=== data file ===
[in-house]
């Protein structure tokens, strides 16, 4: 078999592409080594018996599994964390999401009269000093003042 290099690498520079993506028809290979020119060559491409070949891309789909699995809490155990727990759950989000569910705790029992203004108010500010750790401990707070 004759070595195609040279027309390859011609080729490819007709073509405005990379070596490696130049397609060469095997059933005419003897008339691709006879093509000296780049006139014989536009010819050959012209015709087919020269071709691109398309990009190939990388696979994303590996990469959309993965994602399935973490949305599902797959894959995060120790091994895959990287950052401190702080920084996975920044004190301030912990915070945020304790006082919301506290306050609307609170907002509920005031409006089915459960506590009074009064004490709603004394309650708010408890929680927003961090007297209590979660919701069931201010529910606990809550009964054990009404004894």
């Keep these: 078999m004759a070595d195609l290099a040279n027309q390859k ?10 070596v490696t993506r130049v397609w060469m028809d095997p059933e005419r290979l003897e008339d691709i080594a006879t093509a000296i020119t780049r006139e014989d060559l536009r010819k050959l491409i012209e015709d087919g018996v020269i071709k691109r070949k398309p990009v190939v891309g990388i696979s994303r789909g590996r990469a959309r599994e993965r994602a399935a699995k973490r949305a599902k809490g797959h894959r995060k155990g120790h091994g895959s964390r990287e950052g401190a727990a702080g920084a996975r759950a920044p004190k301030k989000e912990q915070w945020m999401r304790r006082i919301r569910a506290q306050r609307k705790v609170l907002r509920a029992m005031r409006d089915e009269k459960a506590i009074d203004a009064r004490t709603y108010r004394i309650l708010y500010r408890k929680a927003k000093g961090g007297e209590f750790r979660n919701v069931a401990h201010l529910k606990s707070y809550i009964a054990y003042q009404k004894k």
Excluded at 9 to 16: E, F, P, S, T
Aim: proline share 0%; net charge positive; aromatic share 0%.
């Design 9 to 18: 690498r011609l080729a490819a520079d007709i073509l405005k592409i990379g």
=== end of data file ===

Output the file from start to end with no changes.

[in-house]
């Protein structure tokens, strides 16, 4: 078999592409080594018996599994964390999401009269000093003042 290099690498520079993506028809290979020119060559491409070949891309789909699995809490155990727990759950989000569910705790029992203004108010500010750790401990707070 004759070595195609040279027309390859011609080729490819007709073509405005990379070596490696130049397609060469095997059933005419003897008339691709006879093509000296780049006139014989536009010819050959012209015709087919020269071709691109398309990009190939990388696979994303590996990469959309993965994602399935973490949305599902797959894959995060120790091994895959990287950052401190702080920084996975920044004190301030912990915070945020304790006082919301506290306050609307609170907002509920005031409006089915459960506590009074009064004490709603004394309650708010408890929680927003961090007297209590979660919701069931201010529910606990809550009964054990009404004894």
């Keep these: 078999m004759a070595d195609l290099a040279n027309q390859k ?10 070596v490696t993506r130049v397609w060469m028809d095997p059933e005419r290979l003897e008339d691709i080594a006879t093509a000296i020119t780049r006139e014989d060559l536009r010819k050959l491409i012209e015709d087919g018996v020269i071709k691109r070949k398309p990009v190939v891309g990388i696979s994303r789909g590996r990469a959309r599994e993965r994602a399935a699995k973490r949305a599902k809490g797959h894959r995060k155990g120790h091994g895959s964390r990287e950052g401190a727990a702080g920084a996975r759950a920044p004190k301030k989000e912990q915070w945020m999401r304790r006082i919301r569910a506290q306050r609307k705790v609170l907002r509920a029992m005031r409006d089915e009269k459960a506590i009074d203004a009064r004490t709603y108010r004394i309650l708010y500010r408890k929680a927003k000093g961090g007297e209590f750790r979660n919701v069931a401990h201010l529910k606990s707070y809550i009964a054990y003042q009404k004894k």
Excluded at 9 to 16: E, F, P, S, T
Aim: proline share 0%; net charge positive; aromatic share 0%.
């Design 9 to 18: 690498r011609l080729a490819a520079d007709i073509l405005k592409i990379g």